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Extended report
Health-related utility values of patients with primary Sjögren's syndrome and its predictors
  1. Dennis Lendrem1,
  2. Sheryl Mitchell1,
  3. Peter McMeekin2,
  4. Simon Bowman3,
  5. Elizabeth Price4,
  6. Colin T Pease5,
  7. Paul Emery5,
  8. Jacqueline Andrews5,
  9. Peter Lanyon6,
  10. John Hunter7,
  11. Monica Gupta7,
  12. Michele Bombardieri8,
  13. Nurhan Sutcliffe8,
  14. Costantino Pitzalis8,
  15. John McLaren9,
  16. Annie Cooper10,
  17. Marian Regan11,
  18. Ian Giles12,
  19. David Isenberg12,
  20. Saravanan Vadivelu13,
  21. David Coady14,
  22. Bhaskar Dasgupta15,
  23. Neil McHugh16,
  24. Steven Young-Min17,
  25. Robert Moots18,
  26. Nagui Gendi19,
  27. Mohammed Akil20,
  28. Bridget Griffiths1,
  29. Wan-Fai Ng1,21,
  30. on behalf of the UK primary Sjögren's Syndrome Registry
  1. 1Newcastle upon Tyne Hospitals NHS Foundation Trust, Newcastle upon Tyne, UK
  2. 2Institute of Health and Society, Newcastle University, UK
  3. 3University Hospital Birmingham, Birmingham, UK
  4. 4Great Western Hospitals NHS Foundation Trust, Swindon, UK
  5. 5Section of Musculoskeletal Disease, Leeds Institute of Molecular Medicine, University of Leeds & NIHR Leeds Musculoskeletal Biomedical Research Unit, Leeds Teaching Hospitals Trust, Leeds, UK
  6. 6Nottingham University Hospital, Nottingham, UK
  7. 7Gartnavel General Hospital, Glasgow, UK
  8. 8Barts and the London NHS Trust & Barts and the London School of Medicine and Dentistry, UK
  9. 9NHS Fife, Whyteman's Brae Hospital, Kirkcaldy, UK
  10. 10Royal Hampshire County Hospital, Winchester, UK
  11. 11Royal Derby Hospital, Derby, UK
  12. 12University College London Hospitals NHS Foundation Trust, London, UK
  13. 13Queen Elizabeth Hospital, Gateshead, UK
  14. 14Sunderland Royal Hospital, Sunderland, UK
  15. 15Southend University Hospital, UK
  16. 16Royal National Hospital for Rheumatic Diseases, Bath, UK
  17. 17Portsmouth Hospitals NHS Trust, UK
  18. 18Aintree University Hospitals, Liverpool, UK
  19. 19Basildon Hospital, Basildon, UK
  20. 20Royal Hallamshire Hospital, Sheffield, UK
  21. 21Musculoskeletal Research Group, Institute of Cellular Medicine & NIHR Biomedical Research Centre for Ageing and Chronic Diseases, Newcastle upon Tyne, UK
  1. Correspondence to Dr Wan-Fai Ng, Musculoskeletal Research Group, Institute of Cellular Medicine, Newcastle University, Newcastle upon Tyne NE2 4HH, UK, Wan-Fai.Ng{at}ncl.ac.uk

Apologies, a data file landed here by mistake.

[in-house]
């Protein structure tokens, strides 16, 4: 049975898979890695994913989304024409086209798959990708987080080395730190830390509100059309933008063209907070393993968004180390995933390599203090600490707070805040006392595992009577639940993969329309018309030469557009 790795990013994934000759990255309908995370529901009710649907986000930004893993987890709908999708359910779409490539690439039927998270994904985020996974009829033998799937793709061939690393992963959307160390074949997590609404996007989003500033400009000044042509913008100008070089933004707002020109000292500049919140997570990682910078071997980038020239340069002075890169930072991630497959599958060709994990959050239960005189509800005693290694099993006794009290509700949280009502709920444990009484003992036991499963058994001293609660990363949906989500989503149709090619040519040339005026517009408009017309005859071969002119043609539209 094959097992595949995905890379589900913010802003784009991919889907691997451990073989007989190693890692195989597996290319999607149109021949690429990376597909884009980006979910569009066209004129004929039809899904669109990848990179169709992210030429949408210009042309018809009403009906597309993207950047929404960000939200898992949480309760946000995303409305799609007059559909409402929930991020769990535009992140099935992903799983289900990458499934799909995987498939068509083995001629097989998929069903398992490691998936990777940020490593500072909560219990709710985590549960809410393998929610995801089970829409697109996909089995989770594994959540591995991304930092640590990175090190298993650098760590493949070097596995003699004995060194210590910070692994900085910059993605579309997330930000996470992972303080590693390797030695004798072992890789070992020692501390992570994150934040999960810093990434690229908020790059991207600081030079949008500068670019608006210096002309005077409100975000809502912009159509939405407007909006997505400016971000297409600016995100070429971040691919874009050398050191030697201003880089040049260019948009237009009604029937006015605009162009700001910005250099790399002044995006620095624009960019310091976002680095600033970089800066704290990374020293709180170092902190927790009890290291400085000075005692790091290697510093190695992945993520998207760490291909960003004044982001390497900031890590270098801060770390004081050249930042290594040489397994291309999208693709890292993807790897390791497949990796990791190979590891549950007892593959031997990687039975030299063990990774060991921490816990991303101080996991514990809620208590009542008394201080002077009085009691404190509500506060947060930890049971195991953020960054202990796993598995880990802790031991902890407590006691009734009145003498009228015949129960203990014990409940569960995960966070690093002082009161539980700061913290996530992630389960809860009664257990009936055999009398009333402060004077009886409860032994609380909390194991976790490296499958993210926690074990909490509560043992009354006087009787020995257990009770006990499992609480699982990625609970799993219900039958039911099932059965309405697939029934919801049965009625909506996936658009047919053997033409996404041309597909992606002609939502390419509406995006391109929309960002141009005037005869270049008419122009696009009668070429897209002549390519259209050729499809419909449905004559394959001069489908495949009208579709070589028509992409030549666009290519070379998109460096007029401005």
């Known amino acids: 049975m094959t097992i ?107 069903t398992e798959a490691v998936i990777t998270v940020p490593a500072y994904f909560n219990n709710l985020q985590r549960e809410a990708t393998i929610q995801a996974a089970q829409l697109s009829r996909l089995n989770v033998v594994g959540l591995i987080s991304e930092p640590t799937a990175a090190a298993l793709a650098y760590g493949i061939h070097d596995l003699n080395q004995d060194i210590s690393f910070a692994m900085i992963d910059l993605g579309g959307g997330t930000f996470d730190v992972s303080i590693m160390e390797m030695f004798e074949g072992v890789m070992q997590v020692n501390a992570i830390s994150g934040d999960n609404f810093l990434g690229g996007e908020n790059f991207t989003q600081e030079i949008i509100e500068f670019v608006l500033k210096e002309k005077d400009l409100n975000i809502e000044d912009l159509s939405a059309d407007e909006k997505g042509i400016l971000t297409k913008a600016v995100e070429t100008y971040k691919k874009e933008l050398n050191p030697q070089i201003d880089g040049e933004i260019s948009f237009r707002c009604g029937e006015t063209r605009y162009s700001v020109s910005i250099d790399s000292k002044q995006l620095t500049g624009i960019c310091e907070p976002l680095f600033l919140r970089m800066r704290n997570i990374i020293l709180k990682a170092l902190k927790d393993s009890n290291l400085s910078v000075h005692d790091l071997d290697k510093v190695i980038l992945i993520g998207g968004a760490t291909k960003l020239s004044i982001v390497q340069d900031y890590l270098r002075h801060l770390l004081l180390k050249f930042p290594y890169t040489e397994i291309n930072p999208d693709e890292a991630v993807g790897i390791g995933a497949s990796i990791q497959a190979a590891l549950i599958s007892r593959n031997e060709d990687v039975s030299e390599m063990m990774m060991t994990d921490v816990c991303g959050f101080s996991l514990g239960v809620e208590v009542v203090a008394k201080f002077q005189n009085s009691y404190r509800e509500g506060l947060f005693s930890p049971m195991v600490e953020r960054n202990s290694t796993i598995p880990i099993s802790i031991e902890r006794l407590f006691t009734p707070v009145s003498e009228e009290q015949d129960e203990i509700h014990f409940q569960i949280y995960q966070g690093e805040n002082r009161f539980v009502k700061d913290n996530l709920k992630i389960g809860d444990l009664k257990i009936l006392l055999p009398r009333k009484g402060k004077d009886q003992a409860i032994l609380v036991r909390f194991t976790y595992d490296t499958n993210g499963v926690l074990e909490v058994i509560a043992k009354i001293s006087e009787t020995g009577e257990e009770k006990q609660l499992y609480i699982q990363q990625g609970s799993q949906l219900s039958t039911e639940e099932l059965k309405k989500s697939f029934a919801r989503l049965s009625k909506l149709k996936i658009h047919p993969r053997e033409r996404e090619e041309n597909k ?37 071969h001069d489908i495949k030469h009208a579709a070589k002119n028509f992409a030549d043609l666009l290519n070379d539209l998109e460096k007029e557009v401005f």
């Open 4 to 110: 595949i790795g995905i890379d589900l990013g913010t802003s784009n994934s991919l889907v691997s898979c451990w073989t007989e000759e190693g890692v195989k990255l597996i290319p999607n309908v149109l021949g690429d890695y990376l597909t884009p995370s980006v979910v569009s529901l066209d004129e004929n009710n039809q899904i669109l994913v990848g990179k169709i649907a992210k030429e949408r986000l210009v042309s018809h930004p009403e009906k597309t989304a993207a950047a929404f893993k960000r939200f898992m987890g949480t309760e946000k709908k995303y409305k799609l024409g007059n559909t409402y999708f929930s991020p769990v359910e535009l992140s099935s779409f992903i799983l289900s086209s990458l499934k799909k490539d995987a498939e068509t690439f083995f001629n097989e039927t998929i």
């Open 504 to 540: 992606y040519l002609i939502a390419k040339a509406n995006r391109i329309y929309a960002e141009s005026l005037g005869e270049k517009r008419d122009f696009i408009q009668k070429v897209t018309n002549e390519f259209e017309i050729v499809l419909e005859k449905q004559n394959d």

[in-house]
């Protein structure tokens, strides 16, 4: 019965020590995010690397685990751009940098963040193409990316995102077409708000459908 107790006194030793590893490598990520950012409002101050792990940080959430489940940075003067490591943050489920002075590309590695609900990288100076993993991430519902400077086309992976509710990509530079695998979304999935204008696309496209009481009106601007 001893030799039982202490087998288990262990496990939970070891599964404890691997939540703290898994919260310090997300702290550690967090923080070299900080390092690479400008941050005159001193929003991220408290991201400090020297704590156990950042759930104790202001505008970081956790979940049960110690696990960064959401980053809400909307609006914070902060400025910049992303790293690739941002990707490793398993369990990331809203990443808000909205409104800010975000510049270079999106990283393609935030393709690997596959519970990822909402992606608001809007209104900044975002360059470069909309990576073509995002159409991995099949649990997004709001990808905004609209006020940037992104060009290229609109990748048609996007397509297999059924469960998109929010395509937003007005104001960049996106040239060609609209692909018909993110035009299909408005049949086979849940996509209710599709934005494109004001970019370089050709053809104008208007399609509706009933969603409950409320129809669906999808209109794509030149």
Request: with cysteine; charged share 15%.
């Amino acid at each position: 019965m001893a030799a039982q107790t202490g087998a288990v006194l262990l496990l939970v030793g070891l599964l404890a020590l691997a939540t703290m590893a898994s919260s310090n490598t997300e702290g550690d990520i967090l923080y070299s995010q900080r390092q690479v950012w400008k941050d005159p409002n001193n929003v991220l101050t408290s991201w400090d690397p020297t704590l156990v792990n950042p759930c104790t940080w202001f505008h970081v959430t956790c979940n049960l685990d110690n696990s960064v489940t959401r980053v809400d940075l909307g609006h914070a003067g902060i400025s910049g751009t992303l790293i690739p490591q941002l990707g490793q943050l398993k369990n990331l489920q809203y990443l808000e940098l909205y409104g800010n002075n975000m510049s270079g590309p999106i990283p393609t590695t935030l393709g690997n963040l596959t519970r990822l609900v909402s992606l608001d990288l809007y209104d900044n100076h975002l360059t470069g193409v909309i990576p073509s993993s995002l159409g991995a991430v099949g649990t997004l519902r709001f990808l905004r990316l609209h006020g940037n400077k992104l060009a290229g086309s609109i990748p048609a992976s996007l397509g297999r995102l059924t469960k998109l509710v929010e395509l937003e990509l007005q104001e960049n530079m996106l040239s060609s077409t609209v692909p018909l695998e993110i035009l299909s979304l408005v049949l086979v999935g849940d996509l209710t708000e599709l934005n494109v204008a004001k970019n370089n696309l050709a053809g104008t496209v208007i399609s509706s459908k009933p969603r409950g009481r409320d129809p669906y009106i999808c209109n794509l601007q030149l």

Abstract

Objectives EuroQoL-5 dimension (EQ-5D) is a standardised preference-based tool for measurement of health-related quality of life and EQ-5D utility values can be converted to quality-adjusted life years (QALYs) to aid cost-utility analysis. This study aimed to evaluate the EQ-5D utility values of 639 patients with primary Sjögren's syndrome (PSS) in the UK.

Methods Prospective data collected using a standardised pro forma were compared with UK normative data. Relationships between utility values and the clinical and laboratory features of PSS were explored.

Results The proportion of patients with PSS reporting any problem in mobility, self-care, usual activities, pain/discomfort and anxiety/depression were 42.2%, 16.7%, 56.6%, 80.6% and 49.4%, respectively, compared with 5.4%, 1.6%, 7.9%, 30.2% and 15.7% for the UK general population. The median EQ-5D utility value was 0.691 (IQR 0.587–0.796, range −0.239 to 1.000) with a bimodal distribution. Bivariate correlation analysis revealed significant correlations between EQ-5D utility values and many clinical features of PSS, but most strongly with pain, depression and fatigue (R values>0.5). After adjusting for age and sex differences, multiple regression analysis identified pain and depression as the two most important predictors of EQ-5D utility values, accounting for 48% of the variability. Anxiety, fatigue and body mass index were other statistically significant predictors, but they accounted for <5% in variability.

Conclusions This is the first report on the EQ-5D utility values of patients with PSS. These patients have significantly impaired utility values compared with the UK general population. EQ-5D utility values are significantly related to pain and depression scores in PSS.

  • Sjagren's Syndrome
  • Qualitative research
  • Epidemiology

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